By That Festival Site | 13 March, 2023
Coachella is one of the biggest and most popular music festivals in the world, attracting music fans from all over the globe. The festival has been running for over 20 years and has evolved significantly since its inception. In this article, we'll take a look back at the history of Coachella and how it has changed over the years.
Coachella was founded in 1999 by Paul Tollett and Rick Van Santen of Goldenvoice, a concert promoter based in California. The festival was originally intended to be a one-time event, but due to its success, it has since become an annual occurrence. The first festival was held over two days in October and featured acts such as Beck, Morrissey, and Rage Against the Machine.
After a few years of running as a two-day festival, Coachella expanded to three days in 2007. This allowed for more artists to be featured on the lineup and gave festival-goers more time to explore the various stages and activities.
In the early years of Coachella, the festival was primarily focused on indie rock and alternative music. However, in the early 2010s, electronic dance music (EDM) began to emerge as a major force in the music industry. Coachella was quick to adapt to this trend and began featuring more EDM artists on the lineup.
In 2018, Beyoncé headlined Coachella and put on a performance that would go down in history. Her set included a marching band, a step team, and a reunion of Destiny's Child. The performance was so iconic that it became known as Beychella and set a new standard for headlining acts at the festival.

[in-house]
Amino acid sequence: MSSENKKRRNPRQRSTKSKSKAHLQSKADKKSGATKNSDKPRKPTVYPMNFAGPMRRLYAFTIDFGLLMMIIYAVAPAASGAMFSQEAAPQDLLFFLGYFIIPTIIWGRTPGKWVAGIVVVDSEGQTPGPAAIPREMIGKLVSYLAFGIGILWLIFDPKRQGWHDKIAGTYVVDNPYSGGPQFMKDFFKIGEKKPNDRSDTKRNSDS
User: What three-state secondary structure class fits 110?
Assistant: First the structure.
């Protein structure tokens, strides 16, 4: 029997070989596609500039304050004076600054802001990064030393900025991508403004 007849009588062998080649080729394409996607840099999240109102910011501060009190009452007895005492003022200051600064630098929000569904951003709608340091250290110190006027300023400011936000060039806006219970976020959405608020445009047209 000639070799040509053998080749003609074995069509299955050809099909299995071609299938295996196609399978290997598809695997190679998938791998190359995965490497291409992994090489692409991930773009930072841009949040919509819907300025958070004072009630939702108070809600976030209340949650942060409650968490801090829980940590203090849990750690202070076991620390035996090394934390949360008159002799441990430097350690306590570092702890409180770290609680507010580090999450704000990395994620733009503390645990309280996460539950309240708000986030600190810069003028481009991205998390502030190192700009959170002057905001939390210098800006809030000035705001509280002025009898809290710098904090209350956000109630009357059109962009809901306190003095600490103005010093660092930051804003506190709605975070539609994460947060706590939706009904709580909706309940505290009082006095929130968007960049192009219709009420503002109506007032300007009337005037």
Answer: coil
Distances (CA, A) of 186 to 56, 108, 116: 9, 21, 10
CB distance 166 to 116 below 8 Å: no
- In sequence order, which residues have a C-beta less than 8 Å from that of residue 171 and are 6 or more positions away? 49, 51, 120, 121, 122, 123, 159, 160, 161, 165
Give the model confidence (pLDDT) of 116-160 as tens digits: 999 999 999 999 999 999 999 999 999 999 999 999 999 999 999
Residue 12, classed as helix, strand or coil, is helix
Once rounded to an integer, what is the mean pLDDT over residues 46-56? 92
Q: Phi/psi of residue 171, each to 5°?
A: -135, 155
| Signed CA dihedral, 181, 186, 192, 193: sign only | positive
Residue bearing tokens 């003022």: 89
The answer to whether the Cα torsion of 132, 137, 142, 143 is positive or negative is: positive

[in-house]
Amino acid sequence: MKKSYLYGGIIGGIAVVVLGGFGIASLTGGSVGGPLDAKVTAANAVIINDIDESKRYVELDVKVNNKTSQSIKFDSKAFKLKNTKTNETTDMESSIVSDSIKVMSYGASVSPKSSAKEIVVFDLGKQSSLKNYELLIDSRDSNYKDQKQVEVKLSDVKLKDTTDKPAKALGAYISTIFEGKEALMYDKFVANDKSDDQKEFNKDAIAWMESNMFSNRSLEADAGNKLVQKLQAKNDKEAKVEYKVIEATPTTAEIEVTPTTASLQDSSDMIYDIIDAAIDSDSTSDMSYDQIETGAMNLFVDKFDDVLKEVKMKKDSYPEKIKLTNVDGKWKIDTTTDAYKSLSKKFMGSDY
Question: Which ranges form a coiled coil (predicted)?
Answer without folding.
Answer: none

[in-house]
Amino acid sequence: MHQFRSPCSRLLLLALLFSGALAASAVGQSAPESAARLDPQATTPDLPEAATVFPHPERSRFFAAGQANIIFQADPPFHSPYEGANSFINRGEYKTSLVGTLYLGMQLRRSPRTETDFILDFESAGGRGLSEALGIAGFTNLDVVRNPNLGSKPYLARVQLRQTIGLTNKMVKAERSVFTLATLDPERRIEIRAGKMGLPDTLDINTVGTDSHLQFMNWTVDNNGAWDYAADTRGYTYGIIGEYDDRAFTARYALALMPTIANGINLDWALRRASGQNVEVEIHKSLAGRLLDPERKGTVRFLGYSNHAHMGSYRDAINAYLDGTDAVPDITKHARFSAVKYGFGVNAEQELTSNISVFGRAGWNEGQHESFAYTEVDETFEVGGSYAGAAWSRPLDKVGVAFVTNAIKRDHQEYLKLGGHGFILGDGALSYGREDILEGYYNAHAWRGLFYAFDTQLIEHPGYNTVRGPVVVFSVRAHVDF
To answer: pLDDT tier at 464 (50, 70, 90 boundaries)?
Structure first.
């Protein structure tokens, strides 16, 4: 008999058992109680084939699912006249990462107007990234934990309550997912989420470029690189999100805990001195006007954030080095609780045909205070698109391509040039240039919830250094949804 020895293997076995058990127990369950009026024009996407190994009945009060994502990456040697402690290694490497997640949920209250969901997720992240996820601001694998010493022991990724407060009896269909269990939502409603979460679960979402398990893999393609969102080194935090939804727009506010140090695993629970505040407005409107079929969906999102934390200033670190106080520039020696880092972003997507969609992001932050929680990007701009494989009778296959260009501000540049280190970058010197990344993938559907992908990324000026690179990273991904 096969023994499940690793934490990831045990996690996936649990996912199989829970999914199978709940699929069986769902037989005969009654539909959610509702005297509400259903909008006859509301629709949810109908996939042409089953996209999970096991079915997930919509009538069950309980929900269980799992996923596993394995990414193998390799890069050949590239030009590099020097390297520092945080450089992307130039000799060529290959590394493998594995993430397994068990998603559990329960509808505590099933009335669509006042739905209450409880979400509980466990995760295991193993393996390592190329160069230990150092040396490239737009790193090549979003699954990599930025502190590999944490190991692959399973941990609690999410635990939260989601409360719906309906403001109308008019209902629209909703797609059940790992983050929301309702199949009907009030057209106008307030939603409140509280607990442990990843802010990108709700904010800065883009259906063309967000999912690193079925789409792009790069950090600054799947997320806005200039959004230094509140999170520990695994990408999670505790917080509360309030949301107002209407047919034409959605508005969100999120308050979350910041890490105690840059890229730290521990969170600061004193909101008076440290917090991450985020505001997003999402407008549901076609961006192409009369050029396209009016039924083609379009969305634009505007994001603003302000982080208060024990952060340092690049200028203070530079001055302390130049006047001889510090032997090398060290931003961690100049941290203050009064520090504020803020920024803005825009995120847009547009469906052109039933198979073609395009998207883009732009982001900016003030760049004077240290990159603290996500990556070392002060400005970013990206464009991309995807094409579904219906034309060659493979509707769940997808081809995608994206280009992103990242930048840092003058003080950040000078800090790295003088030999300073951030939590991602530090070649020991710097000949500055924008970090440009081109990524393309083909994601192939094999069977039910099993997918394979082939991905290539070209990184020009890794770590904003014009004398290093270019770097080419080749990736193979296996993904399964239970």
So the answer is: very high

In 2012, Coachella expanded to two weekends in order to accommodate the growing demand for tickets. This decision was met with some controversy, as many fans felt that the festival's unique atmosphere would be lost with the addition of a second weekend. However, the festival has managed to maintain its reputation and popularity despite this change.
Coachella has become known for its fashion as much as its music. The festival has inspired numerous fashion trends, from bohemian dresses and flower crowns to crochet tops and denim shorts. Brands and designers have also taken notice, with many launching festival-themed collections in the weeks leading up to Coachella.
Social media has had a significant impact on Coachella's popularity and influence. The festival has become a hotbed of Instagram activity, with celebrities and influencers sharing photos of their festival experiences. This has helped to make Coachella a cultural phenomenon and has influenced the way other music festivals market themselves.
In 2020, Coachella was cancelled due to the COVID-19 pandemic. This was the first time in the festival's history that it had been cancelled. The festival was also postponed in 2021, but is set to return in April 2022.
As Coachella looks towards the future, it will be interesting to see how the festival continues to evolve. Will it continue to be a trendsetter in the music and fashion industries? Will it continue to expand and adapt to changing trends and tastes? Only time will tell, but one thing is for sure – Coachella will always be one of the most iconic music festivals in the world.